By Debbie Yedlin
February 19, 2015 | 3:30 PM
So, your staff has finished the Cloud Kool Aid, and you now have to seriously consider what to do because you know that Cloud is not the resolution to world hunger or the answer to global warming. So what are some of the pragmatic considerations for CIOs as they make business assessments as to what REALLY fits?
Moving a service like email or social media to the Cloud has minimal impact to the organization and the potential for positive overall results. But what about the production applications and the data centers that support them – those mission critical applications that are also your major cost drivers? Is the Cloud ready to efficiently and effectively support those applications? Perhaps not.
Before you consider moving your production applications, you must do your homework. Moving to the Cloud is no different than executing any other major infrastructure change. It takes major planning and skills to evaluate and implement. First you must integrate Cloud into your overall IT strategy. Focus on applications where you need “access anywhere” (e.g., mobile or other service applications). Determine if the Cloud will simplify your online configuration (e.g., maintenance, repairs) and make upgrades less daunting. Review your requirements for disaster recovery or your data centers, and see what is viable for a Cloud move (including that data center consolidation that you keep deferring).
Be sure that the total cost of ownership is affordable and results are in a manageable price range. Cloud is not always the cost effective solution it is thought to be. Have mechanisms in place to manage all of the Cloud challenges: application readiness, security, cost, organizational skills and capabilities, and the challenges around change in your organization. And above all, understand that Cloud does not fit all technology and business situations. You are more likely to evolve to a hybrid model, with workable applications in the Cloud, while maintaining some of your production applications locally.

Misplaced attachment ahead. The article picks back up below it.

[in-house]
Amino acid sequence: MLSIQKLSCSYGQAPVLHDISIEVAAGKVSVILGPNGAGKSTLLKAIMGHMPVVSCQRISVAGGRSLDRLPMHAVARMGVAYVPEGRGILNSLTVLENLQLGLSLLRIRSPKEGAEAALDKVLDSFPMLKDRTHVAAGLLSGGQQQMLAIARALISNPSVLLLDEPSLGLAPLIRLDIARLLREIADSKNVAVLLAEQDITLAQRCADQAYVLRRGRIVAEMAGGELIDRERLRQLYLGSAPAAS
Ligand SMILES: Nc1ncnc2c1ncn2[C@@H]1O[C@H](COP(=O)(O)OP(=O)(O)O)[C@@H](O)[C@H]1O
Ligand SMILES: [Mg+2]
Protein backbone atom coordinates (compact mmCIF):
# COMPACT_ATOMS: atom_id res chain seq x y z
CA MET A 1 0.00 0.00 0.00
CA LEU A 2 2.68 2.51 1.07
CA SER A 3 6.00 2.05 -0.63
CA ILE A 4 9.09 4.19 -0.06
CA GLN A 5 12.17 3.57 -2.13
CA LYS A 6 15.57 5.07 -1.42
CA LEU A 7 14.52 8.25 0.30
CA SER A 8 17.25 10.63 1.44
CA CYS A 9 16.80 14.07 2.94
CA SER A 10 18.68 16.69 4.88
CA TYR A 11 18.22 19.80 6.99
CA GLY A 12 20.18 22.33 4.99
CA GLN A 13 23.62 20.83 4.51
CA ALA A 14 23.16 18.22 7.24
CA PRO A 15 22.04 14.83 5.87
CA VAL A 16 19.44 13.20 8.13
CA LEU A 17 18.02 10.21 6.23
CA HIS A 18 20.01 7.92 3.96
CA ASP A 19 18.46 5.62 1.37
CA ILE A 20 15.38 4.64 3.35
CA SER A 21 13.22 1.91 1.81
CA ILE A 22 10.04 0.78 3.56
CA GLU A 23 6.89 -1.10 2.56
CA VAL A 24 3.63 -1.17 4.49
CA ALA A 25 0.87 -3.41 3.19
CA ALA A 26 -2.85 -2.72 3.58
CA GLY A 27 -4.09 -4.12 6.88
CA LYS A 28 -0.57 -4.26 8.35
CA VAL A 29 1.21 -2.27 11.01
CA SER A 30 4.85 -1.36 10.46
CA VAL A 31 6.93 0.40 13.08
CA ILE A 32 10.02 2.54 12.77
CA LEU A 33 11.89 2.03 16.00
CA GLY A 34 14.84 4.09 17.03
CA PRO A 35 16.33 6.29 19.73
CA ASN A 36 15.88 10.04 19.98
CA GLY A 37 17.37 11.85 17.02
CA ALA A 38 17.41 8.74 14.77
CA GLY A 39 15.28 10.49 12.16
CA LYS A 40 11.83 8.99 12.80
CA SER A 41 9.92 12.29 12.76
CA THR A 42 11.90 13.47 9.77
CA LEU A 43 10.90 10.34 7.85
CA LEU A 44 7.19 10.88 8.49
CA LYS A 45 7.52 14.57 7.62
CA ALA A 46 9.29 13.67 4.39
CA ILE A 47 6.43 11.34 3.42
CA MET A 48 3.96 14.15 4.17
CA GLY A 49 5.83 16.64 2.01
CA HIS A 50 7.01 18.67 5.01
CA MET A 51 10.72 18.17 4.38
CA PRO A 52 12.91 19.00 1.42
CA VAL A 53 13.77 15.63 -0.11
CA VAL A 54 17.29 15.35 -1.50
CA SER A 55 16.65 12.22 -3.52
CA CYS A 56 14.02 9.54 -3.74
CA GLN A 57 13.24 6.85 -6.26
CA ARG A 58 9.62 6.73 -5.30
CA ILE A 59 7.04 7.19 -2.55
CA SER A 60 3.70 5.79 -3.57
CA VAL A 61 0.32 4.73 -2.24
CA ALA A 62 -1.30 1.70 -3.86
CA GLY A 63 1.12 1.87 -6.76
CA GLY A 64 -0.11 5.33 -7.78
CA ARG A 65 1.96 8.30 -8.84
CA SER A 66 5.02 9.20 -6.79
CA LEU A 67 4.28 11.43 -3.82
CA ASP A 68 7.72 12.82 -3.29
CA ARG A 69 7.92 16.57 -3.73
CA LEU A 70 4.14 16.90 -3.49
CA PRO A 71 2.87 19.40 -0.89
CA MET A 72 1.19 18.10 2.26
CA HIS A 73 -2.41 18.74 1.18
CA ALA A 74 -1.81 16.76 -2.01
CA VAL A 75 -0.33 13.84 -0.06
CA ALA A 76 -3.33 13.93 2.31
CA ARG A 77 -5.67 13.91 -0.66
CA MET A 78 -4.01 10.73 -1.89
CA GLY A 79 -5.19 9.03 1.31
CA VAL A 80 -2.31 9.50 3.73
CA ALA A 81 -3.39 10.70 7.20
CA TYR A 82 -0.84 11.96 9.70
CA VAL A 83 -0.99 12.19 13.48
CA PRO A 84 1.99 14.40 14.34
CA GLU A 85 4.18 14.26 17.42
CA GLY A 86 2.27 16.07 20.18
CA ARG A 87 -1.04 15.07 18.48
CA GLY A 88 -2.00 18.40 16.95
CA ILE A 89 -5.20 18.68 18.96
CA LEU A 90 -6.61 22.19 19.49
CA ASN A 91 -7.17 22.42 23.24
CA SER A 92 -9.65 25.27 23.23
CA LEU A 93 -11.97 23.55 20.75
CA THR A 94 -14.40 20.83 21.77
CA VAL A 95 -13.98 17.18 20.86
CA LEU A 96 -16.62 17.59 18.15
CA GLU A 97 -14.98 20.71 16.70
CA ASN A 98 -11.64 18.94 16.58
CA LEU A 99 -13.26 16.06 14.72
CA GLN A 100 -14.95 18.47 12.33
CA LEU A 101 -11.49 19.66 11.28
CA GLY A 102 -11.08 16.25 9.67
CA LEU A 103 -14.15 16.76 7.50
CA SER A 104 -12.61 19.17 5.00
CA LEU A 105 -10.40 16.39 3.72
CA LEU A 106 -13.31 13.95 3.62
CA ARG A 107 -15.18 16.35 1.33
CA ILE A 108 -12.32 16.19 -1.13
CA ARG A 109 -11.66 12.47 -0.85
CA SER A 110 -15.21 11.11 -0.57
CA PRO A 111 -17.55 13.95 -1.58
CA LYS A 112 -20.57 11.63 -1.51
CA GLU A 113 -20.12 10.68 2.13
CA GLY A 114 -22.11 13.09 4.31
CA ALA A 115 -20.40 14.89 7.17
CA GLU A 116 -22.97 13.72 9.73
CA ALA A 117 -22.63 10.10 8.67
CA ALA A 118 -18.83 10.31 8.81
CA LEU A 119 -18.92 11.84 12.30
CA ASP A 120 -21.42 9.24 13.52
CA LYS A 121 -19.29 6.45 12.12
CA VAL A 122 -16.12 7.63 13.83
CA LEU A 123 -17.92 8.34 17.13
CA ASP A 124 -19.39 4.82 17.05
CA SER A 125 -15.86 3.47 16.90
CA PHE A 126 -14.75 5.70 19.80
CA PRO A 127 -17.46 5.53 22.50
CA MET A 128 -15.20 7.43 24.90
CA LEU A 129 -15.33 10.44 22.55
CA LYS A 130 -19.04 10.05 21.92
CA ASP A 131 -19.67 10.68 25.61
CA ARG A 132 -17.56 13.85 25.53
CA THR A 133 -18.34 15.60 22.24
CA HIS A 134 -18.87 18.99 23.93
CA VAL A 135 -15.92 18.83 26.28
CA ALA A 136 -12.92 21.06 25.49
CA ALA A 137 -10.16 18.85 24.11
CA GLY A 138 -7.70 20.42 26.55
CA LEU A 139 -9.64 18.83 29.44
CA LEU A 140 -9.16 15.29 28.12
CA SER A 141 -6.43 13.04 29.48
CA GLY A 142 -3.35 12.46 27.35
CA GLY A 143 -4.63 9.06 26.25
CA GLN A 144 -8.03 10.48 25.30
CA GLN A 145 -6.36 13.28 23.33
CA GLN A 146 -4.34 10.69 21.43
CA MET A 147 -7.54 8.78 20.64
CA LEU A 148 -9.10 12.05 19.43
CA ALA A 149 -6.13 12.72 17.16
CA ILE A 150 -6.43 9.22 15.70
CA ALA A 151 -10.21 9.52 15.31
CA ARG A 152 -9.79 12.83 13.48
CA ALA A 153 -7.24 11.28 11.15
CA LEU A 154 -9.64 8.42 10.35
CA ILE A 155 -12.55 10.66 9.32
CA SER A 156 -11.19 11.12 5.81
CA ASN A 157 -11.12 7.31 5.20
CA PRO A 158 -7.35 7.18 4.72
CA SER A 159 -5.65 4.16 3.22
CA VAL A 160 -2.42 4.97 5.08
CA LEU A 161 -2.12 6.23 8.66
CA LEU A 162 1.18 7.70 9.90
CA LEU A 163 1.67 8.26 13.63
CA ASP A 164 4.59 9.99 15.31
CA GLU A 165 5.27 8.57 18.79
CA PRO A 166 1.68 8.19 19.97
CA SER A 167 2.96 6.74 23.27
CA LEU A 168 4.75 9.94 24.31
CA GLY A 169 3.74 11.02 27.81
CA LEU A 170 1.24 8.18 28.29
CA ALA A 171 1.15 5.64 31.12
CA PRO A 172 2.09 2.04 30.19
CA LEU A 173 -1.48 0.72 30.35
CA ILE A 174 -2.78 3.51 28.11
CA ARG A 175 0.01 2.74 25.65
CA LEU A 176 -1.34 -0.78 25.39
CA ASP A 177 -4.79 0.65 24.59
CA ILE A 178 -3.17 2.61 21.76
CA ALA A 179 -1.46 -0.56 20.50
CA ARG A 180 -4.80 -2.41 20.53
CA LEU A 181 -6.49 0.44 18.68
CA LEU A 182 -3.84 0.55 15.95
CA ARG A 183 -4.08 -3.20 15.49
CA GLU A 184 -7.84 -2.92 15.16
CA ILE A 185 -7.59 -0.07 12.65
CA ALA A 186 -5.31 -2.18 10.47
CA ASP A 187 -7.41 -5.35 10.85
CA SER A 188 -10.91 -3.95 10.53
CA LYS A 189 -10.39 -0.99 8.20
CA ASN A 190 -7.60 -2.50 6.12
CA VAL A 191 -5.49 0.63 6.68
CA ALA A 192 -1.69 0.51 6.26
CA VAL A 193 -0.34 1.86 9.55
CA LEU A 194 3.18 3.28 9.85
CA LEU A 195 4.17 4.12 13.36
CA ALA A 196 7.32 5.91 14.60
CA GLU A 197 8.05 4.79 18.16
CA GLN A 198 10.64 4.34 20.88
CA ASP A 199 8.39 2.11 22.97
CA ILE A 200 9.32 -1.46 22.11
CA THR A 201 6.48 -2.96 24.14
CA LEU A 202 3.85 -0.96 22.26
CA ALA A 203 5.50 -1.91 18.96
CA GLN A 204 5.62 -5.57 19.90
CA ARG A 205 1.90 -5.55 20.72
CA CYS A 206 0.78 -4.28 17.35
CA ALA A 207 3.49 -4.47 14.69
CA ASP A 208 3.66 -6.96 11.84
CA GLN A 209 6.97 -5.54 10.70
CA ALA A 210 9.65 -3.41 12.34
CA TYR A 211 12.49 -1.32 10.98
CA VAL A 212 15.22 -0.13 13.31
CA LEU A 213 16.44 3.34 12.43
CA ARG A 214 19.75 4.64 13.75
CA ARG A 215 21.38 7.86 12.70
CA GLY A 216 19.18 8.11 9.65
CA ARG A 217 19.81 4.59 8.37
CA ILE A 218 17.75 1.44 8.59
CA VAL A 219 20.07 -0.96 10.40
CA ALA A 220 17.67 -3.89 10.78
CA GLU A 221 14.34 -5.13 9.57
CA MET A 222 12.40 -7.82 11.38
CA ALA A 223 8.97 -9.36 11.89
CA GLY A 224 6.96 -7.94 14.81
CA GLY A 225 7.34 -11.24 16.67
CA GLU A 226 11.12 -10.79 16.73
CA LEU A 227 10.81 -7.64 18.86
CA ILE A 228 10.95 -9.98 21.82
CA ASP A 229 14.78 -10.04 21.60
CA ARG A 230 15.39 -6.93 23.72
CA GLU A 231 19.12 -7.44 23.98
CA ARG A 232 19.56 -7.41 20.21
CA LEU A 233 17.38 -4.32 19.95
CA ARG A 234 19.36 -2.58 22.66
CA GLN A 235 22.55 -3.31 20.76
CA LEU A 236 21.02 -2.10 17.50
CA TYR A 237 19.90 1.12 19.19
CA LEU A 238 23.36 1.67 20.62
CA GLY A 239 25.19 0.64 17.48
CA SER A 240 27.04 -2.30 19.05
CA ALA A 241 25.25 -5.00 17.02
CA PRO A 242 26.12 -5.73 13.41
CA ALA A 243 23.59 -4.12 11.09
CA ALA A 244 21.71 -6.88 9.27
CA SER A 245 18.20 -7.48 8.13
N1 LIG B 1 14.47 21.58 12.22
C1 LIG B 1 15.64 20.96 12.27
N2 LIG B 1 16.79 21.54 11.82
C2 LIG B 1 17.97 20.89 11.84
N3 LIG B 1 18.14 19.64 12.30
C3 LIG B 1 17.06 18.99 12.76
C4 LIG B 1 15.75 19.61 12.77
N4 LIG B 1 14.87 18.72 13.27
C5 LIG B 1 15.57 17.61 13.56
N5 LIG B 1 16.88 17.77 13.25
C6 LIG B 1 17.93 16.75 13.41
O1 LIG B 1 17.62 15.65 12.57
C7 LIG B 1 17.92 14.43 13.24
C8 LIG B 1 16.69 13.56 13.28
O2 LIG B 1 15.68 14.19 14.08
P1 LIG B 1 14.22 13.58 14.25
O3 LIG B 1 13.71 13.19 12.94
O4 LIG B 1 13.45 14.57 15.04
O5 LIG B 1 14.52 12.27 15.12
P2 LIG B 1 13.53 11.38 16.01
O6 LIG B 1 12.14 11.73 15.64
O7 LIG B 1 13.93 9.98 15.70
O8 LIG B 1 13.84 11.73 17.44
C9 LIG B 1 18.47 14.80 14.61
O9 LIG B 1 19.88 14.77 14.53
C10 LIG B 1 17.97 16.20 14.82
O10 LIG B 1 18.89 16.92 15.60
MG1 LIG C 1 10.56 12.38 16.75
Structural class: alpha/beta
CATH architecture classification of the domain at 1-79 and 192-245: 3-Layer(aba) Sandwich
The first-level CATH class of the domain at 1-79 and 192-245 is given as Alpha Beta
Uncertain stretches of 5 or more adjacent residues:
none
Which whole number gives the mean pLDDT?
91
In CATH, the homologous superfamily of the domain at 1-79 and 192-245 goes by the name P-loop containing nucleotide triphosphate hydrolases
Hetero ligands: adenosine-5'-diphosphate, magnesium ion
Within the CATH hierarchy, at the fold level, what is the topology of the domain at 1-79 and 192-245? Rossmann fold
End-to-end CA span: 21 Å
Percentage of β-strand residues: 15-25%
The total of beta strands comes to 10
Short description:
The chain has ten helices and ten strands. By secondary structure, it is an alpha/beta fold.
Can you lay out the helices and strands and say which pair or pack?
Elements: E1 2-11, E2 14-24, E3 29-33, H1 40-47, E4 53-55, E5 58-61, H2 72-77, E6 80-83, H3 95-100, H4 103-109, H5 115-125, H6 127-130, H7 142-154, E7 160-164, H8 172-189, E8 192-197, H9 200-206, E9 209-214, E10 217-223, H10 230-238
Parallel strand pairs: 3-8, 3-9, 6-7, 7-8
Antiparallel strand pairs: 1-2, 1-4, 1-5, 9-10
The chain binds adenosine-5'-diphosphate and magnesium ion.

To site one example, we recently worked with a services organization that assumed the organization would be moving to the Cloud. However, the Client had extensive contracts with customers who required our Client to manage their information locally. As a consequence, even though our Client reviewed Cloud, co-location, and internally controlled infrastructure, they decided to select the internal option. Surprisingly, it was more cost effective, allowed them to spread the cost of their current data center (sunk cost) and was in direct compliance with their existing customer contracts. If they had not done their in-depth analysis upfront, they may have made a costly mistake by going to the Cloud.
How can TBI help you overcome the Cloud Kool Aid syndrome? We support organizations with a range of Cloud Advisory Services including:
- Cloud Strategy
- Cloud Readiness
- Cloud Acquisition
- Cloud Brokerage
- Cloud Migration, Assessment and Planning
- Disaster Recovery
- Cloud Governance
For more information on TBI’s Cloud Computing, please contact TBI or you can reach us at: 201.573.0400.